Knowing your limitations by @_lauramclo

by Laura McLoughlin | Featured Contributor 

When you start your career freelancing or with your very own business, you might think that you can and should do everything. After all, you’re capable of it. You have the skill, the expertise and connections.

The only thing you lack is…time.

The truth is that there will come a time in your freelancing life when you simply cannot do at all. Deadlines will get tighter, your work hours longer, and you may only realise how thinly you have been spread when you spend a day rushing tasks and jobs you once poured yourself into, making easy mistakes you would have otherwise noticed.  Meetings are forgotten, your inbox piles up, and you are more scatterbrained than you ever thought possible of a savvy, business-minded adult.

As your to-do list grows, it’s crucial that you learn to work smart, not just hard – because eventually, working hard just doesn’t cut it. There simply aren’t enough hours in the day, and so you must make a few tough decisions if you hope to continue expanding you business.

Have a look at the following solutions, and decide which fits your circumstances best:


Look at your to-do list. Decide which tasks aren’t important or urgent – and ditch them.

Like I’ve already said, you can’t do everything, and so clipping a few of the non-essential tasks from your to-do list is the fastest and easiest way to give yourself a little breathing room.

Think of the hundred PR emails you were meaning to kindly rebuff, the article you wanted to publish on your blog this week, or the meeting you know won’t go anywhere. These are the tasks you should consider ditching, or at the very least rescheduling, because if they’re not urgent and they’re not important then they should not be eating up your time right now.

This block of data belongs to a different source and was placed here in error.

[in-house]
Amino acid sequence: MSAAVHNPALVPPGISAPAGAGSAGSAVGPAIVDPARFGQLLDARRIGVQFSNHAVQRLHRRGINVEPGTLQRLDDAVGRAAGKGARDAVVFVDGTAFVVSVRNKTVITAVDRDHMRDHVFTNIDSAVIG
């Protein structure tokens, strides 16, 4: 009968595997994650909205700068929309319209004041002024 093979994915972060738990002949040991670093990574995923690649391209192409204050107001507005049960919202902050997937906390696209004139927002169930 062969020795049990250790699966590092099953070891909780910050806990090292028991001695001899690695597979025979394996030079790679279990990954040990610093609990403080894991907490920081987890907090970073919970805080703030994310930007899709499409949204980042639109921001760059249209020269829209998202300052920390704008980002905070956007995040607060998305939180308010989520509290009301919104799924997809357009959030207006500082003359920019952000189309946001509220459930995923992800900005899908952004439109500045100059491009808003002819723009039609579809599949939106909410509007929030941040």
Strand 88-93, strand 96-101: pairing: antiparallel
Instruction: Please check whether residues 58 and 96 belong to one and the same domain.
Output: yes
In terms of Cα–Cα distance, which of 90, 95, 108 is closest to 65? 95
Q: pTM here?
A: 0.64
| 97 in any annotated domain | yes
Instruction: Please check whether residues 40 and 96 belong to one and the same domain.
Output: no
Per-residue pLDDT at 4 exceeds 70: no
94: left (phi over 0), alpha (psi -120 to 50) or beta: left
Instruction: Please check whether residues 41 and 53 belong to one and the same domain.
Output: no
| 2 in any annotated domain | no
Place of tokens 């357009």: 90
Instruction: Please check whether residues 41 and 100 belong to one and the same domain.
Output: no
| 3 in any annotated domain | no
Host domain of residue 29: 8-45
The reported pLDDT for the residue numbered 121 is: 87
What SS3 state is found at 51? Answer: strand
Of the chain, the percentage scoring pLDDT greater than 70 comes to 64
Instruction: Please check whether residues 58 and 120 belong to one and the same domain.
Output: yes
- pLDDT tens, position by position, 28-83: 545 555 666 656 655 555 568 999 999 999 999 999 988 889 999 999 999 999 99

Now that you’ve ditched the nonessentials, what’s next?

For all of the tasks which need to be done, but not necessarily by you, consider delegation. This might be data collection for a report, transcribing a lengthy audio file, or proofreading a few articles before they go live, and can very easily be done by someone else as to free you up to focus on more pressing matters.

If you don’t already have an assistant, you could look into hiring a fellow freelancer friend, or someone you have previously worked with to pick up a few tasks for a fee.

If you don’t have any contacts you can call upon, or they’re too busy as well, there are lots of websites and job boards where you can find people to pitch your work to. PeoplePerHour and Upwork are both good options, and allow you to brief in specific jobs and select your preferred applicant. Both have a wide range of professionals and skill sets to call upon, and might help you out of a tough spot.


Going back to your clients and customers to tell them that their projects are running late isn’t ideal, but it may save you face in the long run.

The best way to handle this is by getting in touch with them in the easiest way possible, whether a phone call or email. Explain to them that the project is taking slightly longer than anticipated, and refrain from giving too many other details. You should tell them when to expect their finished project, and apologise for the inconvenience it is.

With your apology, you might think to compensate them for lost time, by discounting the final price or a future product. Alternatively, you could add some ‘extras’ to the project at no extra cost, but if you’re already stretched for time, it might be best to withhold this particular kindness.

It’s difficult to know where your limitations lie until you actually hit them, and you may have to weather out a period of stress and long nights. Take this time as a learning experience, and consider carefully how you might avoid doing the same in future.


Share :